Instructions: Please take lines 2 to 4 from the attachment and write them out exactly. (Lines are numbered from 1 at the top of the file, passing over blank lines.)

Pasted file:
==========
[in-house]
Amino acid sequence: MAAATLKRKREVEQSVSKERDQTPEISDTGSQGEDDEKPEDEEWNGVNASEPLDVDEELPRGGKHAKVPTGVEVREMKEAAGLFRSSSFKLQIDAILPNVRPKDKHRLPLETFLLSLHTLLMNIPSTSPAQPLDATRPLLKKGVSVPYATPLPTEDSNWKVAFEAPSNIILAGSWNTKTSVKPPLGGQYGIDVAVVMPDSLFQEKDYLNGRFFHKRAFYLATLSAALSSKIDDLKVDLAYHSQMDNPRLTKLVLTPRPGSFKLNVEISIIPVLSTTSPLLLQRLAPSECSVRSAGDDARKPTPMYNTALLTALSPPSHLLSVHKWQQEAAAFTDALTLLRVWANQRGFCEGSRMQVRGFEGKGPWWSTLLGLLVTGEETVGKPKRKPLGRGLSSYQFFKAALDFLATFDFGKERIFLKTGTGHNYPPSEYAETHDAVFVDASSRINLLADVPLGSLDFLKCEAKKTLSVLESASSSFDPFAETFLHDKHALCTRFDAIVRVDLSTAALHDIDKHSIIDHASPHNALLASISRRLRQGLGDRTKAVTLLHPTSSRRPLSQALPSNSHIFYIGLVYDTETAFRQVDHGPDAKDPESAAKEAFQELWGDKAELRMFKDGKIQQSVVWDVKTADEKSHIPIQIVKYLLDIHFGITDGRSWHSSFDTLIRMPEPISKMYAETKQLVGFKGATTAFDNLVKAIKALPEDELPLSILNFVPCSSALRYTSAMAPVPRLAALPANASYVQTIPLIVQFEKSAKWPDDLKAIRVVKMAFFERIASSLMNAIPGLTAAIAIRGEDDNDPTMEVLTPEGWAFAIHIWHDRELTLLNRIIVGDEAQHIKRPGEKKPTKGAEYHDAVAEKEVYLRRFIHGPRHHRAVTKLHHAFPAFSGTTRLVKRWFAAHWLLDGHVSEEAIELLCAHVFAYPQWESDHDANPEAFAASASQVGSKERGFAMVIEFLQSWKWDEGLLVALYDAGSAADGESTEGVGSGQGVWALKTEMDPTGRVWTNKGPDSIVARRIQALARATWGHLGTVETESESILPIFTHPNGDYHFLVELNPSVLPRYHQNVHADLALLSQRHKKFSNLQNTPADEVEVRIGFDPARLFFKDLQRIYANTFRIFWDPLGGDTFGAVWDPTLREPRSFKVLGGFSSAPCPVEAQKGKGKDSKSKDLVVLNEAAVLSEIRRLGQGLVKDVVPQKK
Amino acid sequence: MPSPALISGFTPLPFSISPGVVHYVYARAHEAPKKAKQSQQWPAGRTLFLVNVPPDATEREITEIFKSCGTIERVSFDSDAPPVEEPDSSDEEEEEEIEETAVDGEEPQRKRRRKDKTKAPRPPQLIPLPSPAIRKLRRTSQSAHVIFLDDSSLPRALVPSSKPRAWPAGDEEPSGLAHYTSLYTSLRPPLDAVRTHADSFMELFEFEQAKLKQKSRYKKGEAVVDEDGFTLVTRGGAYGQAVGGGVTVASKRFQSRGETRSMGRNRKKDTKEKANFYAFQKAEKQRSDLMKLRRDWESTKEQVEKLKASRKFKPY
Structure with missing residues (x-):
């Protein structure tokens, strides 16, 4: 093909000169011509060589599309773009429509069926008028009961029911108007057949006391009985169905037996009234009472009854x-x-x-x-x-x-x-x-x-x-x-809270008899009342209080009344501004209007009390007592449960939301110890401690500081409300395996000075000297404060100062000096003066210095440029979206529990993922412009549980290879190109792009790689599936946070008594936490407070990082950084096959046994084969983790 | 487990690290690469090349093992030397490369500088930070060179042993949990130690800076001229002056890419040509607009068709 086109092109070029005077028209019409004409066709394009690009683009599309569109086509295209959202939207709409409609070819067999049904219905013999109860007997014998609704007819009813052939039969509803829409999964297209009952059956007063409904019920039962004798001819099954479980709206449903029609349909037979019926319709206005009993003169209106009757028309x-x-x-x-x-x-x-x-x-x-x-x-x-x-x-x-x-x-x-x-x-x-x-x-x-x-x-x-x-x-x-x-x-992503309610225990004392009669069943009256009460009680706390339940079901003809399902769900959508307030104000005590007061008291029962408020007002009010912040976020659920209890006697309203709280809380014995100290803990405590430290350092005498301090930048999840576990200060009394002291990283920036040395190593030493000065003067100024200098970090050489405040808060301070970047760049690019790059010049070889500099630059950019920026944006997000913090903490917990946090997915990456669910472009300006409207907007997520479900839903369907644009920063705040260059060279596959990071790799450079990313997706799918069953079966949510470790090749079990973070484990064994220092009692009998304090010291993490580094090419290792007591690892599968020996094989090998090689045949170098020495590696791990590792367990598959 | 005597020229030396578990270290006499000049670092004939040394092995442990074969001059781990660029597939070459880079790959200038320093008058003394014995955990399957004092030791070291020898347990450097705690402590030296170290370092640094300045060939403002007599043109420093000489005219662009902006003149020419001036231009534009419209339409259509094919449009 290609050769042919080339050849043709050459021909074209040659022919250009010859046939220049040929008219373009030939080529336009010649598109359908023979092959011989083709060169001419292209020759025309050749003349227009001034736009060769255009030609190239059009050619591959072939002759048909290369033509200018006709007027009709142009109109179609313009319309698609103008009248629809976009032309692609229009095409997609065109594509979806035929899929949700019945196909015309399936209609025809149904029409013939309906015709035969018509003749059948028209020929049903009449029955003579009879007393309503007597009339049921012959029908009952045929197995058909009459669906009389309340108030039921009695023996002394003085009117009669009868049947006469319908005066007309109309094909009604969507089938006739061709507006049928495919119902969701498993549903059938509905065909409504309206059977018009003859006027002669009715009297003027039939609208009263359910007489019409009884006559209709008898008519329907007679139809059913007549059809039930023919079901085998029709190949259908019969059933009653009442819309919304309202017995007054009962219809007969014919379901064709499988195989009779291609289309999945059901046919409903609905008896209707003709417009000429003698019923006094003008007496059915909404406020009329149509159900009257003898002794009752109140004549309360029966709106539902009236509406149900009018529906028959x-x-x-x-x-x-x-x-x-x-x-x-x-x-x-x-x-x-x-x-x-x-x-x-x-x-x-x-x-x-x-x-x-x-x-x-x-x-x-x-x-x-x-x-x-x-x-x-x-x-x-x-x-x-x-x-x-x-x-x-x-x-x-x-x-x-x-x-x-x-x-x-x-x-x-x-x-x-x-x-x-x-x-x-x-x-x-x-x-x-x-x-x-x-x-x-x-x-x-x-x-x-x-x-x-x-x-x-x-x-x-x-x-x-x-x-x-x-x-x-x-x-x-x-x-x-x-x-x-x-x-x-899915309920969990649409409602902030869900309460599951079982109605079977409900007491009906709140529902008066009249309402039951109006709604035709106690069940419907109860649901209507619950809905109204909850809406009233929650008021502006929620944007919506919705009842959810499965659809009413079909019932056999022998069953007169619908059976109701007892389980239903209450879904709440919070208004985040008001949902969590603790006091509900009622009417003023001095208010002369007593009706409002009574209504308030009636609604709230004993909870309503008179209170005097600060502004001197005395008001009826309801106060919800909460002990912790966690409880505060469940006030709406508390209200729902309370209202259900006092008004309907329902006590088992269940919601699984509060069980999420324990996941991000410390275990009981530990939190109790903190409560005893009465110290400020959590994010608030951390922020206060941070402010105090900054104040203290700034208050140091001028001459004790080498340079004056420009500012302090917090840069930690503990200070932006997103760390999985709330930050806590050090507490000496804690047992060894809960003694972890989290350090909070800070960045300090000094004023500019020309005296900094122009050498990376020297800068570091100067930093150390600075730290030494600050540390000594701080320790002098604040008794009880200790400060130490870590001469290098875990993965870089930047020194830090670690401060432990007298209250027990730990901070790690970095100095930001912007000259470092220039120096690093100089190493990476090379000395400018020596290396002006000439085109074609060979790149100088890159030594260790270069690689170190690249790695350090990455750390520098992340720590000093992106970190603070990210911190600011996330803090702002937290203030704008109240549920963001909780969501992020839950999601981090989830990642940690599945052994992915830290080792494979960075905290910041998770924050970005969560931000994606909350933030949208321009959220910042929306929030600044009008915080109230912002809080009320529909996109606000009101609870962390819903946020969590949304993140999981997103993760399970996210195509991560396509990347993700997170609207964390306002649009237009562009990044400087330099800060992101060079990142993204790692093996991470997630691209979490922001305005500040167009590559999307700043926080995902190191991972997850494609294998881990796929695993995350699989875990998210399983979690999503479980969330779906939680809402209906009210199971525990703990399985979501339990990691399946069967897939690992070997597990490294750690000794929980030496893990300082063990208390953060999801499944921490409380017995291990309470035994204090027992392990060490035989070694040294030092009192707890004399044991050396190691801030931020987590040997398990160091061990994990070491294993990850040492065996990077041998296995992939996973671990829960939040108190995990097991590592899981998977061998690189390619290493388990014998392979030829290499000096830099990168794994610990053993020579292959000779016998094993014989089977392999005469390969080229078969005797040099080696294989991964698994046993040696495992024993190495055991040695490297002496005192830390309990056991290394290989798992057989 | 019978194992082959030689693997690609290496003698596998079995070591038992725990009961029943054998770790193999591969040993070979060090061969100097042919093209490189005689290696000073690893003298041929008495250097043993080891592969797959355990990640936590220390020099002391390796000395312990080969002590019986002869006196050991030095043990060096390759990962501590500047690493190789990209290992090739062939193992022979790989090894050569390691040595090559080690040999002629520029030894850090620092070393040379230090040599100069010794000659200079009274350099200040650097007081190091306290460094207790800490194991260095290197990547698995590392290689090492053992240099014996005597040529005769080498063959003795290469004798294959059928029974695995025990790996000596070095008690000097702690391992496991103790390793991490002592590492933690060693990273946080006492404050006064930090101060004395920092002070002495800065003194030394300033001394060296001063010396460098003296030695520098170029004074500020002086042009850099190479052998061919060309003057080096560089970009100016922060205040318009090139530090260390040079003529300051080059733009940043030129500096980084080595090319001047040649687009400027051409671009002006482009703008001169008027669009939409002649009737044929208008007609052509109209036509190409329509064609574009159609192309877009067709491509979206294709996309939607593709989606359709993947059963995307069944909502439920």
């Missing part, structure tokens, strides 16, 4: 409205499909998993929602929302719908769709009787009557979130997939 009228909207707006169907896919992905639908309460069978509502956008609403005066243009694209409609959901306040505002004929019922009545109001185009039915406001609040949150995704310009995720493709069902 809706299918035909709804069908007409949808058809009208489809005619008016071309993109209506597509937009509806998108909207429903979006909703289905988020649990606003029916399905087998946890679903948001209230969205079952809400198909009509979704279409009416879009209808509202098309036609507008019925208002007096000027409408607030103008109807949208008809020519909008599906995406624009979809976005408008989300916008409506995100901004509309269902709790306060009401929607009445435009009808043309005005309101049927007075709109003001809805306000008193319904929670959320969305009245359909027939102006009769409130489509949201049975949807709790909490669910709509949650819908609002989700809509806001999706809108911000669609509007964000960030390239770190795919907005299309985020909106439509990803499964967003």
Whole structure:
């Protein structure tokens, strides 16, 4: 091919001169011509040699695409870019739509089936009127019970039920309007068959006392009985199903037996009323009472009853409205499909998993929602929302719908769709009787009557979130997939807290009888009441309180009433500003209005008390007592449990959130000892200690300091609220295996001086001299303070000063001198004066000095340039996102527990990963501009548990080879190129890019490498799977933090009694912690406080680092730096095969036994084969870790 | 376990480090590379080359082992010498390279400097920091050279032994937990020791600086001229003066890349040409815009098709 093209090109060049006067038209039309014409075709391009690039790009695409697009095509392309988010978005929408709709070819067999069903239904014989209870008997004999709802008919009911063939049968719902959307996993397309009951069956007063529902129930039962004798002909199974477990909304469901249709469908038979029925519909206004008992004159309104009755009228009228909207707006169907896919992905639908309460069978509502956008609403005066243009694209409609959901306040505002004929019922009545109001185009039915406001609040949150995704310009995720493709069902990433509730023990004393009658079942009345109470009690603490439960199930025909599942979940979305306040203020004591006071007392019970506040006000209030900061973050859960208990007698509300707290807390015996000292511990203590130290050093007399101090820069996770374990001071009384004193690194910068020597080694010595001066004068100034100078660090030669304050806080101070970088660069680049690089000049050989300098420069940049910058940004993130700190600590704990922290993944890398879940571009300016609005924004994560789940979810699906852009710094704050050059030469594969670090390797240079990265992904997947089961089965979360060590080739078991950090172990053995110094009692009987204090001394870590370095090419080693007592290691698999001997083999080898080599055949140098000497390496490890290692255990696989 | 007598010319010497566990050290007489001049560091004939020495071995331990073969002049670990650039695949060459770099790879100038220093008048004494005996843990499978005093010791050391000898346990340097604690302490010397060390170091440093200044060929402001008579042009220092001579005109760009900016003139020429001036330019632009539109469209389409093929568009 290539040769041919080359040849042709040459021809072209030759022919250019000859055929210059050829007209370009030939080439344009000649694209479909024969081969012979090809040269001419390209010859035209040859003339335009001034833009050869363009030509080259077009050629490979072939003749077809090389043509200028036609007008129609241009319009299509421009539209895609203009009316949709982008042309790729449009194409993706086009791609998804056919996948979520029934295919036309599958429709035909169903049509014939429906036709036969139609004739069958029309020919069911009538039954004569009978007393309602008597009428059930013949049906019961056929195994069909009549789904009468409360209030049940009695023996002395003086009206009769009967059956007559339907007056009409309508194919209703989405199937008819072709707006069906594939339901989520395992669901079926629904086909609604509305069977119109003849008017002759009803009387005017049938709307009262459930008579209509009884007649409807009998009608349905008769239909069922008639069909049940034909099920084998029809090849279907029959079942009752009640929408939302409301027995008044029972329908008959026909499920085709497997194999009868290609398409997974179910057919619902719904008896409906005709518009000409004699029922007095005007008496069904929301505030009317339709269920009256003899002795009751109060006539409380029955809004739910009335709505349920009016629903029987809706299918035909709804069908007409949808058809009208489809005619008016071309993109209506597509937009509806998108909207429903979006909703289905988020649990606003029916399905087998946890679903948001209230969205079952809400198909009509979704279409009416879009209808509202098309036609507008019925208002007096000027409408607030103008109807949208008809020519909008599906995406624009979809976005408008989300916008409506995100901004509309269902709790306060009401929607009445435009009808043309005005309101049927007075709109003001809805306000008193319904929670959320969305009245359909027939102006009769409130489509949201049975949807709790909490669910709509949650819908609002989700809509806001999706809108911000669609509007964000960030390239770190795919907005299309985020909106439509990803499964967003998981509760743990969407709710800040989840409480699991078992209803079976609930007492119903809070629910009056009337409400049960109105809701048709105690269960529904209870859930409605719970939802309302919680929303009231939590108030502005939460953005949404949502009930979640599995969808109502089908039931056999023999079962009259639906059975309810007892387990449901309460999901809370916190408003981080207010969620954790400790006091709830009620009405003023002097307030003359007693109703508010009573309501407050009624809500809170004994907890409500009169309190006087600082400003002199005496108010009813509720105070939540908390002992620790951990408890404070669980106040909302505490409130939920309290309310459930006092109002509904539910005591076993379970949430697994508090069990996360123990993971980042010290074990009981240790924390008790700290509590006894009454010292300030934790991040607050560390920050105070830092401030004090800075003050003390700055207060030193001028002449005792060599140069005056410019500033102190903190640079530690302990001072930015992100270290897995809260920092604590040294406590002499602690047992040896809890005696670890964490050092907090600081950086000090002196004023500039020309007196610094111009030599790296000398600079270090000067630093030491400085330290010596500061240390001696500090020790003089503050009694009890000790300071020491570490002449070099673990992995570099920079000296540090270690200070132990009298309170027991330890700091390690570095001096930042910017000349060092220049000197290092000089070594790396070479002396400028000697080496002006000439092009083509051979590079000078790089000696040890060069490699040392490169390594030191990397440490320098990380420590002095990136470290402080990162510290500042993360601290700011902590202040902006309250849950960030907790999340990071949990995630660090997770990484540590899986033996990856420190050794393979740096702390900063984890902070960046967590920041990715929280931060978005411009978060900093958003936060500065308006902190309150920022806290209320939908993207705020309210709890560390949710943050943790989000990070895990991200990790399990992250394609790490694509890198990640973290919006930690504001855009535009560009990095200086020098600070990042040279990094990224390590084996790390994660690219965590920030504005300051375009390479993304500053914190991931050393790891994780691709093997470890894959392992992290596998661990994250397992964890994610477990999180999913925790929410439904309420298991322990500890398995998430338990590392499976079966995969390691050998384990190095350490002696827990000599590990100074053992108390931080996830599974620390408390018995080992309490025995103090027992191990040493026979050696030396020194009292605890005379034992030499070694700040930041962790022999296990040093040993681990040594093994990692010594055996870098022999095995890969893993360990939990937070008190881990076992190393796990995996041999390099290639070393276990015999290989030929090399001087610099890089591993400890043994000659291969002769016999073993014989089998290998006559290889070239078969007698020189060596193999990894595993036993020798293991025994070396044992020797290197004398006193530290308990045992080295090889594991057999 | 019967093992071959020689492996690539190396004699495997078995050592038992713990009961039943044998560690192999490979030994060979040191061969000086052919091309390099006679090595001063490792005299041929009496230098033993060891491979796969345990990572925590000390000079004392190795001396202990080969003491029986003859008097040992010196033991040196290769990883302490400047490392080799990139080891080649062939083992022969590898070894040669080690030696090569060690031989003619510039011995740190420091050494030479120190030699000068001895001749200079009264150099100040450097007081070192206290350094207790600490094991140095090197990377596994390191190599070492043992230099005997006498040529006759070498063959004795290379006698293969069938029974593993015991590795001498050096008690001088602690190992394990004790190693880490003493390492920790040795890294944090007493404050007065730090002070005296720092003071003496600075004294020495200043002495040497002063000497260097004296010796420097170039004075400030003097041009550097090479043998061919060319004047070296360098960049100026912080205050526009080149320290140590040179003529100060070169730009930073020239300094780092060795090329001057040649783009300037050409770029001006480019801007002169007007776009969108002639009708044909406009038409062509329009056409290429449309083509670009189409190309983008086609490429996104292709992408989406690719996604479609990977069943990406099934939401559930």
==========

Amino acid sequence: MAAATLKRKREVEQSVSKERDQTPEISDTGSQGEDDEKPEDEEWNGVNASEPLDVDEELPRGGKHAKVPTGVEVREMKEAAGLFRSSSFKLQIDAILPNVRPKDKHRLPLETFLLSLHTLLMNIPSTSPAQPLDATRPLLKKGVSVPYATPLPTEDSNWKVAFEAPSNIILAGSWNTKTSVKPPLGGQYGIDVAVVMPDSLFQEKDYLNGRFFHKRAFYLATLSAALSSKIDDLKVDLAYHSQMDNPRLTKLVLTPRPGSFKLNVEISIIPVLSTTSPLLLQRLAPSECSVRSAGDDARKPTPMYNTALLTALSPPSHLLSVHKWQQEAAAFTDALTLLRVWANQRGFCEGSRMQVRGFEGKGPWWSTLLGLLVTGEETVGKPKRKPLGRGLSSYQFFKAALDFLATFDFGKERIFLKTGTGHNYPPSEYAETHDAVFVDASSRINLLADVPLGSLDFLKCEAKKTLSVLESASSSFDPFAETFLHDKHALCTRFDAIVRVDLSTAALHDIDKHSIIDHASPHNALLASISRRLRQGLGDRTKAVTLLHPTSSRRPLSQALPSNSHIFYIGLVYDTETAFRQVDHGPDAKDPESAAKEAFQELWGDKAELRMFKDGKIQQSVVWDVKTADEKSHIPIQIVKYLLDIHFGITDGRSWHSSFDTLIRMPEPISKMYAETKQLVGFKGATTAFDNLVKAIKALPEDELPLSILNFVPCSSALRYTSAMAPVPRLAALPANASYVQTIPLIVQFEKSAKWPDDLKAIRVVKMAFFERIASSLMNAIPGLTAAIAIRGEDDNDPTMEVLTPEGWAFAIHIWHDRELTLLNRIIVGDEAQHIKRPGEKKPTKGAEYHDAVAEKEVYLRRFIHGPRHHRAVTKLHHAFPAFSGTTRLVKRWFAAHWLLDGHVSEEAIELLCAHVFAYPQWESDHDANPEAFAASASQVGSKERGFAMVIEFLQSWKWDEGLLVALYDAGSAADGESTEGVGSGQGVWALKTEMDPTGRVWTNKGPDSIVARRIQALARATWGHLGTVETESESILPIFTHPNGDYHFLVELNPSVLPRYHQNVHADLALLSQRHKKFSNLQNTPADEVEVRIGFDPARLFFKDLQRIYANTFRIFWDPLGGDTFGAVWDPTLREPRSFKVLGGFSSAPCPVEAQKGKGKDSKSKDLVVLNEAAVLSEIRRLGQGLVKDVVPQKK
Amino acid sequence: MPSPALISGFTPLPFSISPGVVHYVYARAHEAPKKAKQSQQWPAGRTLFLVNVPPDATEREITEIFKSCGTIERVSFDSDAPPVEEPDSSDEEEEEEIEETAVDGEEPQRKRRRKDKTKAPRPPQLIPLPSPAIRKLRRTSQSAHVIFLDDSSLPRALVPSSKPRAWPAGDEEPSGLAHYTSLYTSLRPPLDAVRTHADSFMELFEFEQAKLKQKSRYKKGEAVVDEDGFTLVTRGGAYGQAVGGGVTVASKRFQSRGETRSMGRNRKKDTKEKANFYAFQKAEKQRSDLMKLRRDWESTKEQVEKLKASRKFKPY
Structure with missing residues (x-):